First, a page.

I admit that this may not be the most practical communication option in all situations, but consider it when you believe the benefits may warrant it. (Do you have some personal stationery on hand? Do you have a supply of thank-you cards? If not, stop reading this and go buy some.)

‘TINY HEADS ON THE SCREEN’

Video conferencing is much better than e-mail and at least marginally better than the telephone, but is still less desirable than face-to-face interaction. A leading futurist recently pointed out that video conferencing technology still needs subtle improvements–for instance, how the camera is positioned. Have you ever had a conversation with a person who was not looking at your eyes but rather staring at your forehead or neck? It is very disconcerting. In video conferences, we are subconsciously, if not consciously, aware that the people we are talking to are not looking directly at us–in other words, the eye contact is of poor to unacceptable quality.

Many of my client firms use video conferencing technology, but most use it less than they intended and are less satisfied with it than they thought they would be. As one client put it recently, I see tiny heads on the screen. . . . It’s hard to make out who is speaking. (I know the potential of good systems that are well-operated, but how often are they well-operated?) Where does this leave us? If you have people in different locations and you really care whether you are one firm, not a set of different firms with the same name, then here are my recommendations:

  • Have frequent face-to-face meetings for your people. Some firms spend enormous sums of money getting together various combinations of their people on a variety of excuses. This investment will pay off handsomely. Geographical cross-selling does not happen without building trusting relationships. That trust is extremely hard to develop without real, face-to-face interaction. Of course, senior management must be willing to live on airplanes, which isn’t so bad if you invest in a pair of noise-blocking headphones and carry an MP3.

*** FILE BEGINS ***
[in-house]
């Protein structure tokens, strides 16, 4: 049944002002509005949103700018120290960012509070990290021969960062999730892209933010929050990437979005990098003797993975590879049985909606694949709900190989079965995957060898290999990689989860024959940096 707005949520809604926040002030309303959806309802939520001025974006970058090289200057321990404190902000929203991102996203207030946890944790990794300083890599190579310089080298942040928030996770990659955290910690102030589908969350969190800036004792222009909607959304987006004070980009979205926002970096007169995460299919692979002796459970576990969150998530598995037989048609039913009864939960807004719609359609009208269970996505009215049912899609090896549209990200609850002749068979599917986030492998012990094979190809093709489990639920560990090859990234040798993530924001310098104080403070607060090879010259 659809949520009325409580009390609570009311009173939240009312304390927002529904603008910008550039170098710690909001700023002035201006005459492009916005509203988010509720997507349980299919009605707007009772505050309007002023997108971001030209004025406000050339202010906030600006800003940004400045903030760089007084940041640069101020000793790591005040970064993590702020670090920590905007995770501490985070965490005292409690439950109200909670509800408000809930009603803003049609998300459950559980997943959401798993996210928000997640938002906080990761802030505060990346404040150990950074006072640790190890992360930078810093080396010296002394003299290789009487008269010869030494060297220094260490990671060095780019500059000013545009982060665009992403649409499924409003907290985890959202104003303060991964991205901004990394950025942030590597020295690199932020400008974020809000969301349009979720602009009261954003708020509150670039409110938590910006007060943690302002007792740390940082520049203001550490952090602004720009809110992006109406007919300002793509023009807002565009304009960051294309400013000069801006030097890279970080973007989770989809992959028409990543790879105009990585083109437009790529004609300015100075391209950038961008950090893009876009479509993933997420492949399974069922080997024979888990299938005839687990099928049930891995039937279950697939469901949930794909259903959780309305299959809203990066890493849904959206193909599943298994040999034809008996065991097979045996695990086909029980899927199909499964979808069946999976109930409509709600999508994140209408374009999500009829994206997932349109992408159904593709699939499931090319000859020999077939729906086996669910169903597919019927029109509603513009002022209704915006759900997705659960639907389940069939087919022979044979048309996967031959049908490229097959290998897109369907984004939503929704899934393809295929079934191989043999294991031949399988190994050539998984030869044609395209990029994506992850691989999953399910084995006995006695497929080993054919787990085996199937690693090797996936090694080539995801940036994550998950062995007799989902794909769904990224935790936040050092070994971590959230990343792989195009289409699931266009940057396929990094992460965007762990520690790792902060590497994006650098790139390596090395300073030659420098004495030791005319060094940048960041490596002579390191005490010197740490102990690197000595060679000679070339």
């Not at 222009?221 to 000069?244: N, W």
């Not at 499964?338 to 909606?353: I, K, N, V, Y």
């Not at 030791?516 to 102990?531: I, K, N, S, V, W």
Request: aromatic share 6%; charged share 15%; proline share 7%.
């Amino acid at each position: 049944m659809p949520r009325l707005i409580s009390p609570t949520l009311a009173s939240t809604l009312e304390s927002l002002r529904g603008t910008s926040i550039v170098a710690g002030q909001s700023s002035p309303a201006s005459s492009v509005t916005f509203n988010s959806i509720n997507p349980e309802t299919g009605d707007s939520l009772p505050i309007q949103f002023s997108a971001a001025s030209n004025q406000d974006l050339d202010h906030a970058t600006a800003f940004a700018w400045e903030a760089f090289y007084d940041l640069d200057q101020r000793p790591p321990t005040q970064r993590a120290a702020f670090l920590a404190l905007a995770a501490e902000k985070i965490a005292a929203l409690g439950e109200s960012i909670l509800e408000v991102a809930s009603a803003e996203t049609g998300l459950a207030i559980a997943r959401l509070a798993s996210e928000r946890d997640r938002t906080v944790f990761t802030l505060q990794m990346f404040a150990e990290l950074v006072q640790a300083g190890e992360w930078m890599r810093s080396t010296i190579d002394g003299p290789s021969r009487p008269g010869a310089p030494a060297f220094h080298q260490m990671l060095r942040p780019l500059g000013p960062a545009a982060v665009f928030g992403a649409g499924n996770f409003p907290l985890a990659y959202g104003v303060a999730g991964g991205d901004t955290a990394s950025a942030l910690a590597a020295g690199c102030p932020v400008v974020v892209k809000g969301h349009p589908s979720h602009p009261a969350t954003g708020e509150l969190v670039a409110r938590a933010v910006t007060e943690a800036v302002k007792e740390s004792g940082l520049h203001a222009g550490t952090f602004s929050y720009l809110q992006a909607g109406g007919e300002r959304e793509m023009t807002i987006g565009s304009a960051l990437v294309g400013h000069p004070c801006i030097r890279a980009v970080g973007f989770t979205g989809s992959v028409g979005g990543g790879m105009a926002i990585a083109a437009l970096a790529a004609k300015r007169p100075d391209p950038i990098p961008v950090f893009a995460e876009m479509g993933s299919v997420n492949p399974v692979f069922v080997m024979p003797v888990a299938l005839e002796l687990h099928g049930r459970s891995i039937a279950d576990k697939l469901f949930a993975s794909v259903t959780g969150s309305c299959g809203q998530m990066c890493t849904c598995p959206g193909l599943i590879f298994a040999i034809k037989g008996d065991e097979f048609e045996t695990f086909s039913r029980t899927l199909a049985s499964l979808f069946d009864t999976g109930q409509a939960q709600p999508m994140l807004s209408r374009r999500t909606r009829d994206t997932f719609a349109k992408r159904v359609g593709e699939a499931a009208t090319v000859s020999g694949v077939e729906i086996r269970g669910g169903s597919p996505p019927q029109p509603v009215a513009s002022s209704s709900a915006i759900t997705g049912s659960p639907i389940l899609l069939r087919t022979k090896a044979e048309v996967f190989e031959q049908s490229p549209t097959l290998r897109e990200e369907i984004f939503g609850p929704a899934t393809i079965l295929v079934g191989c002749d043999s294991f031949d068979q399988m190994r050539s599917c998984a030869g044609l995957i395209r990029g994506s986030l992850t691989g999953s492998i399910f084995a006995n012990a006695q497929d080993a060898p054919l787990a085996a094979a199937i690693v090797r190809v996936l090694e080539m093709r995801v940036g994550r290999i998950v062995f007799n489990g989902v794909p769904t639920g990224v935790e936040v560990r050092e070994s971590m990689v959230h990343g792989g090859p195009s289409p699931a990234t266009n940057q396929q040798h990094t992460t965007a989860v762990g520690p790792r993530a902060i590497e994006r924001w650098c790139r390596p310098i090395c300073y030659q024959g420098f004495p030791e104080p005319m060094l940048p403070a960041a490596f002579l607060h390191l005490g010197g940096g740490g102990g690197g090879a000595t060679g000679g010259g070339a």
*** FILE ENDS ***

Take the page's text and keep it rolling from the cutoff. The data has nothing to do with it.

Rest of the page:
• Supply your people with personal stationery so they will always have some on hand. Encourage them to put it in writing once in awhile, and by that I mean handwriting. Supply thank-you cards. Insist that your people always, always say thank you by personal note.
  • Ensure that it is easy and fast for your people to telephone one another regardless of geographical location–especially when problem solving. Call them to encourage them to telephone each other.
  • Get the best voice mail system available. Encourage voice-to-voice communication. Discourage those involved in firm management from using text messages. Even a broadcast voice mail is better than a memo or e-mail. Confirming details by e-mail is all right, but try not to use it when communicating the essence of an issue. Managing by memo is cowardly and ineffective.

There are great rewards for operating a truly cohesive firm functioning in harmony across geographical distances. The modern communication tools make that easier, but also create the potential for creating and exacerbating problems. Getting back to personal contact will help to glue your people together, and the trust and confidence that result will benefit your business.

Gerald A. Riskin is a former managing partner and a founder of Edge International, which consults to some of the largest law firms in the world. He has taught client-relations skills in more than 300 law firms. He can be reached at riskin@edge.ai or +1 202 957 6717.

© 2001 NLP IP Company. All rights reserved. This article is reprinted with permission from Legal Times (subscriptions@legaltimes.com).